Methods for Assessing Malnutrition in Older People
A Summary of Initial Findings
In the first edition of Field Exchange we reported on an ongoing research project by Helpage and the LSHTM which was developing methods for assessing malnutrition in older people in developing countries. After five years of this study some of the results were presented at a symposium held at LSHTM at the end of September. The symposium advocated for greater attention to be paid by development and emergency organisations to the nutritional and related needs of older people.
The research concentrated on finding a simple but effective way of using anthropometric measurements to assess the nutritional status of older people. It examined the relationship between nutritional status and functional ability (the ability to perform basic activities of daily life without support). Vulnerability factors associated with risk of malnutrition in the elderly were also examined. The study took place in three sites, an urban slum in Bombay, a rural population in Malawi and a refugee population in Karagwe region of Tanzania. The elderly were defined as those over 50 years of age.
Nutritional status was measured using various indices like MUAC (mid upper arm circumference) and BMI (wt/ht2 )but substituting armspan (the distance between the tips of the middle fingers when both arms are held out) for height where there was curvature of the spine (kyphosis). One difficulty with using BMI to assess nutritional status of the elderly is that accurate height measurement is necessary, yet curvature of the spine
confounds accurate measurement. In one of the study populations the percentage of the elderly with kyphosis was 17%.
The main findings of the study were as follows:
- Levels of malnutrition using standard BMI cut-off (substituting armspan for height where necessary) points were high in all three sites. For example, in the Bombay site using a cut-off of 17.5 kg/m2(severe malnutrition), the prevalence of underweight was 46.8% among younger adults and 57.1% among older adults. The proportion of undernutrition rose with age.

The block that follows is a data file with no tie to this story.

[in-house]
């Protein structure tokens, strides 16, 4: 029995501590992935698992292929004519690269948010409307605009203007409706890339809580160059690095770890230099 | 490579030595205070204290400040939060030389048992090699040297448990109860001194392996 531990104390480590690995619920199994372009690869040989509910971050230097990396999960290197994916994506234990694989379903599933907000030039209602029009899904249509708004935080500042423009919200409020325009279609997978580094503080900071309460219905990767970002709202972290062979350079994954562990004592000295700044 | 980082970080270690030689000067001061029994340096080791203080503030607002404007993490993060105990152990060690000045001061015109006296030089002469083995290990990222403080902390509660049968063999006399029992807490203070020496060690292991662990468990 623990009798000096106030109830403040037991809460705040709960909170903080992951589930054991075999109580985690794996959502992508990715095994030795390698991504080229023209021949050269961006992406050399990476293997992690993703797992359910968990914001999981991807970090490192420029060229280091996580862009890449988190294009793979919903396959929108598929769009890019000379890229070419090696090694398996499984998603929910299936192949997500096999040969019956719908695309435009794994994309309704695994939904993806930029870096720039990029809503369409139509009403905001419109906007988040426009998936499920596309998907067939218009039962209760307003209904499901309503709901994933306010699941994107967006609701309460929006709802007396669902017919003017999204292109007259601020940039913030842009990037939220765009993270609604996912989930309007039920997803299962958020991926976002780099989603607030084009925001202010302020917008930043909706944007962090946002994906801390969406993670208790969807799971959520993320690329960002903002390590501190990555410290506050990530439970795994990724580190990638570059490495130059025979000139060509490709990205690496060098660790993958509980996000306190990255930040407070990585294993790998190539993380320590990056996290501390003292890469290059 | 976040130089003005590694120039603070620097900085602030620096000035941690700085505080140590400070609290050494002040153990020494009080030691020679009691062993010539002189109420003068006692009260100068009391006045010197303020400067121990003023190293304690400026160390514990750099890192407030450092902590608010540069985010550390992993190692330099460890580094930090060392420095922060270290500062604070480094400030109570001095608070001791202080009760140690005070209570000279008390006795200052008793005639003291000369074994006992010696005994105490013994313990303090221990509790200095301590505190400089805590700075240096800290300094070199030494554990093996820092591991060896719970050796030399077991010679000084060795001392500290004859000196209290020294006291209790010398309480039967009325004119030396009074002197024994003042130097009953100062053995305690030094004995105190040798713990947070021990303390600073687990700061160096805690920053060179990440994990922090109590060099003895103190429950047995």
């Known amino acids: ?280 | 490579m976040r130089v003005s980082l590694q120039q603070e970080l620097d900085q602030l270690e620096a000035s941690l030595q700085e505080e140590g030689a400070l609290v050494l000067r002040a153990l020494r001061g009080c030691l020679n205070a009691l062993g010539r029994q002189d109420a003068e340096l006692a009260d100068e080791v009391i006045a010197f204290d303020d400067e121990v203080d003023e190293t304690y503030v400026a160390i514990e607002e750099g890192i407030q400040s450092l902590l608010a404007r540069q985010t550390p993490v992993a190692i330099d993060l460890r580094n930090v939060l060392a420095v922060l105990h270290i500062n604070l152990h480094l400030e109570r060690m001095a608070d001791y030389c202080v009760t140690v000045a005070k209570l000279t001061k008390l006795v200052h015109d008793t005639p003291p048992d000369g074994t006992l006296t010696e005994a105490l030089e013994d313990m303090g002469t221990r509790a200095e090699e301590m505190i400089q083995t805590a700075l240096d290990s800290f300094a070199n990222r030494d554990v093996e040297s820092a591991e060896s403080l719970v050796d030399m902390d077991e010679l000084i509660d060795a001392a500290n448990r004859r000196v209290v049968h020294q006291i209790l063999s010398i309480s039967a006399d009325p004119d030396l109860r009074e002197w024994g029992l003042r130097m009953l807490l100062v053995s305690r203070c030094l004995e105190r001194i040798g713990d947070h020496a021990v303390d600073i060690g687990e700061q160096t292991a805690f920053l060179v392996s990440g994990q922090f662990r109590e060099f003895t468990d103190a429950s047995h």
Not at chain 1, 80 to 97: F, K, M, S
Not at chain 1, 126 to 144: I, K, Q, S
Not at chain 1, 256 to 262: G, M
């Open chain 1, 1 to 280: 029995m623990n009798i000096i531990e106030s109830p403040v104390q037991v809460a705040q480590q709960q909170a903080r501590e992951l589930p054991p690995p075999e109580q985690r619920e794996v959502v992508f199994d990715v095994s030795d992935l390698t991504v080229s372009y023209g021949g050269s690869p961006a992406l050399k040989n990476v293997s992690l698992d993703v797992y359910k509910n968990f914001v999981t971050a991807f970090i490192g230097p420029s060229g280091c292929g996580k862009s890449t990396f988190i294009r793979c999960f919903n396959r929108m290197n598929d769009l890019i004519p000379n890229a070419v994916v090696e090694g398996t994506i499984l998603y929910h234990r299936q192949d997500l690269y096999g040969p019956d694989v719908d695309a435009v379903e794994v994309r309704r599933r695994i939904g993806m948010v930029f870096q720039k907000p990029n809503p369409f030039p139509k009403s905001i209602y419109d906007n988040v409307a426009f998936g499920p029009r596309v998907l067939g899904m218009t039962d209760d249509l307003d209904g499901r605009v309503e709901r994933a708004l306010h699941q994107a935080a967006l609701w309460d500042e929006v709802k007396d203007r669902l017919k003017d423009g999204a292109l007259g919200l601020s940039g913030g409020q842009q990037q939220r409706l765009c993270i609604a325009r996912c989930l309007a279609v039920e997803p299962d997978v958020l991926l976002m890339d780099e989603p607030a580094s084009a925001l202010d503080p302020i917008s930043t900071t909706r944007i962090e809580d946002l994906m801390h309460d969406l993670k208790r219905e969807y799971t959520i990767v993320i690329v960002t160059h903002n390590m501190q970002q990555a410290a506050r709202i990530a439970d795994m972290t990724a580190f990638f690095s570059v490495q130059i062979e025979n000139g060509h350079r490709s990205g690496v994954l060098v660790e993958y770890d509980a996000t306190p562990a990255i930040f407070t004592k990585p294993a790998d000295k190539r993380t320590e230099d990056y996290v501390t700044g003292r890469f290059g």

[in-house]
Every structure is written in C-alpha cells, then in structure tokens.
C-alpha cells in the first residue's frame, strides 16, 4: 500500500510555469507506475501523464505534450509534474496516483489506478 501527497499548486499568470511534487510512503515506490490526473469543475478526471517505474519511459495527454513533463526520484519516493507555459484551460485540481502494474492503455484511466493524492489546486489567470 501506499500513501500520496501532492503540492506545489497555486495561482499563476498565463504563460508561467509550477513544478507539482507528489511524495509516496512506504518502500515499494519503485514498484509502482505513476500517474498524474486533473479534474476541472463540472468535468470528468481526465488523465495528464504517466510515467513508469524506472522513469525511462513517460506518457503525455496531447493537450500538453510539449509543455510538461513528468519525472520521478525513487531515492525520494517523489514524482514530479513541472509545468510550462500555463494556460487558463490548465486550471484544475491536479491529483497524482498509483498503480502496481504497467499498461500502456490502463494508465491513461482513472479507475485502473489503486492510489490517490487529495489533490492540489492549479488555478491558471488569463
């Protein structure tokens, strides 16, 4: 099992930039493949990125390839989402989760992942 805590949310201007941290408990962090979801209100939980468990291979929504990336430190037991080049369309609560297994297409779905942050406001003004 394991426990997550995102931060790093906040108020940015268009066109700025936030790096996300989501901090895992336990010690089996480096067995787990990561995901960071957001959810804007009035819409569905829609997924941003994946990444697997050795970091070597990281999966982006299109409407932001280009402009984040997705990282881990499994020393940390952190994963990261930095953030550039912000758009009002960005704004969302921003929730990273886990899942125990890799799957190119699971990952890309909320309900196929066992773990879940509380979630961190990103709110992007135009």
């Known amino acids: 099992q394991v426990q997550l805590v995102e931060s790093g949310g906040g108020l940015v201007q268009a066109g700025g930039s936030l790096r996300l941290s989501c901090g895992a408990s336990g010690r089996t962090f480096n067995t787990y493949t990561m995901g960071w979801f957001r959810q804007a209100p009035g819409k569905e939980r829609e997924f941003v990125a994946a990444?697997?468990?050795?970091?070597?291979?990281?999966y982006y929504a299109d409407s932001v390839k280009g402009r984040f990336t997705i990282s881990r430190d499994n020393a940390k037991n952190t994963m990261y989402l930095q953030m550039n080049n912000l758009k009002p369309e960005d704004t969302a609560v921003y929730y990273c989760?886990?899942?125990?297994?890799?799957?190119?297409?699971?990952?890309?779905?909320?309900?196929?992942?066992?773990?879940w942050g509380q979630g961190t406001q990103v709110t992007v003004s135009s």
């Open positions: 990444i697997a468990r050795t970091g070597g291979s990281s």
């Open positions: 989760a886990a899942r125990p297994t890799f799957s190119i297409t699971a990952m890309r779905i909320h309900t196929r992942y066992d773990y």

- Estimations of muscle area using MUAC and triceps skinfold thickness found that there was a declining trend in muscle area with age for all three study populations and that in the African populations there was no significant difference between the sexes while there were large gender differences for the Bombay slum population.
- In the Bombay study haemoglobin levels were assessed
and it was found that 38% of older men and 52% of
older women have anaemia (< 13 gms/dl for men and
12 gm/dl for women) and that prevalence increases with
- Functional ability as measured by self reported activities of daily living (ADL), assessed mobility, self reported health, and physical performance tests like
handgrip strength, manual dexterity, speed and co-ordination and flexibility, were related to undernutrition independently of age, sex and health status in all three sites.
- All levels of undernutrition significantly increase the risk of having some level of functional ability impairment (even mild and moderate malnutrition).
- A number of vulnerability factors were associated with undernutrition. These include, income earning opportunities/income, physical impairment, social isolation, living alone or having to care for younger children, socio-economic determinants like illiteracy, alcohol consumption and smoking in men, self-reported poor health in women, impaired memory.
One of the main conclusions from the study is that prevention of malnutrition is critical in protecting functional ability of the elderly.
A handbook arising out of this study, to assist organisations or individuals wishing to measure nutritional status or assess vulnerability in the elderly is currently at draft stage. The first three chapters have largely been written. These explain methods of assessing nutritional status in the elderly, e.g. MUAC, BMI using armspan, height or demispan. BMI nutritional status charts using all these anthropometric measures are provided. Further chapters are to be written on ways of assessing vulnerability in the elderly and on appropriate interventions to deal with nutritional risk and problems in the elderly.
A report of the symposium can be obtained from Kate Gregory at Help Age International, 67-74 Saffron Hill, London EC1N 8QX. Tel No +44 171 404 7201, E-Mail firstname.lastname@example.org
Taken from Field Exchange Issue 3, January 1998